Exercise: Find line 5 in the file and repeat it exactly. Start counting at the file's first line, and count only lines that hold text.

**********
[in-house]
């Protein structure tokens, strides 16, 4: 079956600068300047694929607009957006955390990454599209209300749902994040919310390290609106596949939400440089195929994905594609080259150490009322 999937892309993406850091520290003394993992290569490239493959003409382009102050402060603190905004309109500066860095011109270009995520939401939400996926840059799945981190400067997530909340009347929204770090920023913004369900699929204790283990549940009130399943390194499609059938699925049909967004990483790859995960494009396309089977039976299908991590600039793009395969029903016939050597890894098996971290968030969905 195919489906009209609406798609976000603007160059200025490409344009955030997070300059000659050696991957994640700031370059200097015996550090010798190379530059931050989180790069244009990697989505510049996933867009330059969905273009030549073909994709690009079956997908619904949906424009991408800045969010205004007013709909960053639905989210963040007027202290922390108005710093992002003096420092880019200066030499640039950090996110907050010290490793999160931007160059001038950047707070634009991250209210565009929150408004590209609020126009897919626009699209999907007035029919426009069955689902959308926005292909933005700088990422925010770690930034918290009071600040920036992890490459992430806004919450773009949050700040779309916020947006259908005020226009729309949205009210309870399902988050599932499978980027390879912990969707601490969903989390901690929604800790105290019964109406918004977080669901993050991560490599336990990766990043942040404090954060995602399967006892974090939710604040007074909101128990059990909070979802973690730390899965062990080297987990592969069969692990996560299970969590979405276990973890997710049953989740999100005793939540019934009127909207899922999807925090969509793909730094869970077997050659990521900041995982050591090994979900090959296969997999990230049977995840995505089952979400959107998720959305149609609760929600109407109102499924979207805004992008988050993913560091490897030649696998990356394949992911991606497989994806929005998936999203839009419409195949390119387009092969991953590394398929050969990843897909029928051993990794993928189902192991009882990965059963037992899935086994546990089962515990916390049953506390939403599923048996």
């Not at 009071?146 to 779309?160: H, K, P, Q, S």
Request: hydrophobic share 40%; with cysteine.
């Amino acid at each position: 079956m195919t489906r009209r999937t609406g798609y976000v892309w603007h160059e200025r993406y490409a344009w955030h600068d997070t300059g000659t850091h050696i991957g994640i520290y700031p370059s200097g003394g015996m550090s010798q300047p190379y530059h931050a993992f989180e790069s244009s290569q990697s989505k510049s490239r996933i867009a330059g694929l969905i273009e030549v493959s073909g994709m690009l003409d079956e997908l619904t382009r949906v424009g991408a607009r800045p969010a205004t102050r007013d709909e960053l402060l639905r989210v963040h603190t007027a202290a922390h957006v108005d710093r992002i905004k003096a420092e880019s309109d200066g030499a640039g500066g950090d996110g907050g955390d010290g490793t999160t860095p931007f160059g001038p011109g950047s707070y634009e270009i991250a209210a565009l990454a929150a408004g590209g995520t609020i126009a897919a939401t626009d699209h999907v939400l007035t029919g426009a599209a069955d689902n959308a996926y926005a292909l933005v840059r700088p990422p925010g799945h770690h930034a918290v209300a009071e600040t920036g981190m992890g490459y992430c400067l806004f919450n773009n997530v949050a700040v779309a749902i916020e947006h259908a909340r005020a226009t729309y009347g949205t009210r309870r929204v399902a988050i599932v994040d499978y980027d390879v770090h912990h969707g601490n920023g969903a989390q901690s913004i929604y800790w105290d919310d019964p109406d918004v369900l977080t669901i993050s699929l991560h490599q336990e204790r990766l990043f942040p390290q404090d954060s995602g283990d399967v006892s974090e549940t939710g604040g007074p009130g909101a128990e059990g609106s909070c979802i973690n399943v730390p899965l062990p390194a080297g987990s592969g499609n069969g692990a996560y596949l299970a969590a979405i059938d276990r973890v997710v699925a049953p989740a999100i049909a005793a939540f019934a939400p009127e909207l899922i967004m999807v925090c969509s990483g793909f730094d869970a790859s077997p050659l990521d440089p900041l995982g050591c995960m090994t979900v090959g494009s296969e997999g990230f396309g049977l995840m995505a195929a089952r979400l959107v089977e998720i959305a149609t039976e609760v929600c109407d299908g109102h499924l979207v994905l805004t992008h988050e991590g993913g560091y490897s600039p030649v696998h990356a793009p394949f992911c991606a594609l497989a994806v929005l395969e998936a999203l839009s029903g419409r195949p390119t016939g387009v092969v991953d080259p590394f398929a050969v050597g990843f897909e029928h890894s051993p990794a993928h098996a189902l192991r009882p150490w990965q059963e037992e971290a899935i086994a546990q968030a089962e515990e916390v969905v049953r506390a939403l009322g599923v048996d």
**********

């Amino acid at each position: 079956m195919t489906r009209r999937t609406g798609y976000v892309w603007h160059e200025r993406y490409a344009w955030h600068d997070t300059g000659t850091h050696i991957g994640i520290y700031p370059s200097g003394g015996m550090s010798q300047p190379y530059h931050a993992f989180e790069s244009s290569q990697s989505k510049s490239r996933i867009a330059g694929l969905i273009e030549v493959s073909g994709m690009l003409d079956e997908l619904t382009r949906v424009g991408a607009r800045p969010a205004t102050r007013d709909e960053l402060l639905r989210v963040h603190t007027a202290a922390h957006v108005d710093r992002i905004k003096a420092e880019s309109d200066g030499a640039g500066g950090d996110g907050g955390d010290g490793t999160t860095p931007f160059g001038p011109g950047s707070y634009e270009i991250a209210a565009l990454a929150a408004g590209g995520t609020i126009a897919a939401t626009d699209h999907v939400l007035t029919g426009a599209a069955d689902n959308a996926y926005a292909l933005v840059r700088p990422p925010g799945h770690h930034a918290v209300a009071e600040t920036g981190m992890g490459y992430c400067l806004f919450n773009n997530v949050a700040v779309a749902i916020e947006h259908a909340r005020a226009t729309y009347g949205t009210r309870r929204v399902a988050i599932v994040d499978y980027d390879v770090h912990h969707g601490n920023g969903a989390q901690s913004i929604y800790w105290d919310d019964p109406d918004v369900l977080t669901i993050s699929l991560h490599q336990e204790r990766l990043f942040p390290q404090d954060s995602g283990d399967v006892s974090e549940t939710g604040g007074p009130g909101a128990e059990g609106s909070c979802i973690n399943v730390p899965l062990p390194a080297g987990s592969g499609n069969g692990a996560y596949l299970a969590a979405i059938d276990r973890v997710v699925a049953p989740a999100i049909a005793a939540f019934a939400p009127e909207l899922i967004m999807v925090c969509s990483g793909f730094d869970a790859s077997p050659l990521d440089p900041l995982g050591c995960m090994t979900v090959g494009s296969e997999g990230f396309g049977l995840m995505a195929a089952r979400l959107v089977e998720i959305a149609t039976e609760v929600c109407d299908g109102h499924l979207v994905l805004t992008h988050e991590g993913g560091y490897s600039p030649v696998h990356a793009p394949f992911c991606a594609l497989a994806v929005l395969e998936a999203l839009s029903g419409r195949p390119t016939g387009v092969v991953d080259p590394f398929a050969v050597g990843f897909e029928h890894s051993p990794a993928h098996a189902l192991r009882p150490w990965q059963e037992e971290a899935i086994a546990q968030a089962e515990e916390v969905v049953r506390a939403l009322g599923v048996d």